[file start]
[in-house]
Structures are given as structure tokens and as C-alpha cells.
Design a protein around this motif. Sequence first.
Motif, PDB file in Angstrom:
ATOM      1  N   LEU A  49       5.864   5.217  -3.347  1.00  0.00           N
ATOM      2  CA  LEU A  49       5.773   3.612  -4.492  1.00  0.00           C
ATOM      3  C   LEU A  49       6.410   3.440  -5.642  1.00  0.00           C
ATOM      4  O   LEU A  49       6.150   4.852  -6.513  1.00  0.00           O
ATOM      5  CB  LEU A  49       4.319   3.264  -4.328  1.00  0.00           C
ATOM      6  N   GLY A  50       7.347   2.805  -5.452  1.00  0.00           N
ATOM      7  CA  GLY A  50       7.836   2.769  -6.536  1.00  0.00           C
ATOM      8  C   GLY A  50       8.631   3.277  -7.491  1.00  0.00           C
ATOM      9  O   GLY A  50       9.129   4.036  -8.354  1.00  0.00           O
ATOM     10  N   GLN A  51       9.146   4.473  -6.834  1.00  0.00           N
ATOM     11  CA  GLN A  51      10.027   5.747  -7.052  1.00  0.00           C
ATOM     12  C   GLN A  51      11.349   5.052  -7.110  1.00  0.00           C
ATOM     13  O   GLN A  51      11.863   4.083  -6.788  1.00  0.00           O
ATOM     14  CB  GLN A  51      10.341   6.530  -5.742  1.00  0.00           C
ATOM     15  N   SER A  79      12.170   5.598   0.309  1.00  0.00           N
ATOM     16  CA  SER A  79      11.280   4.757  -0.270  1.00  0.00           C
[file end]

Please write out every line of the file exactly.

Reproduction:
[in-house]
Structures are given as structure tokens and as C-alpha cells.
Design a protein around this motif. Sequence first.
Motif, PDB file in Angstrom:
ATOM      1  N   LEU A  49       5.864   5.217  -3.347  1.00  0.00           N
ATOM      2  CA  LEU A  49       5.773   3.612  -4.492  1.00  0.00           C
ATOM      3  C   LEU A  49       6.410   3.440  -5.642  1.00  0.00           C
ATOM      4  O   LEU A  49       6.150   4.852  -6.513  1.00  0.00           O
ATOM      5  CB  LEU A  49       4.319   3.264  -4.328  1.00  0.00           C
ATOM      6  N   GLY A  50       7.347   2.805  -5.452  1.00  0.00           N
ATOM      7  CA  GLY A  50       7.836   2.769  -6.536  1.00  0.00           C
ATOM      8  C   GLY A  50       8.631   3.277  -7.491  1.00  0.00           C
ATOM      9  O   GLY A  50       9.129   4.036  -8.354  1.00  0.00           O
ATOM     10  N   GLN A  51       9.146   4.473  -6.834  1.00  0.00           N
ATOM     11  CA  GLN A  51      10.027   5.747  -7.052  1.00  0.00           C
ATOM     12  C   GLN A  51      11.349   5.052  -7.110  1.00  0.00           C
ATOM     13  O   GLN A  51      11.863   4.083  -6.788  1.00  0.00           O
ATOM     14  CB  GLN A  51      10.341   6.530  -5.742  1.00  0.00           C
ATOM     15  N   SER A  79      12.170   5.598   0.309  1.00  0.00           N
ATOM     16  CA  SER A  79      11.280   4.757  -0.270  1.00  0.00           C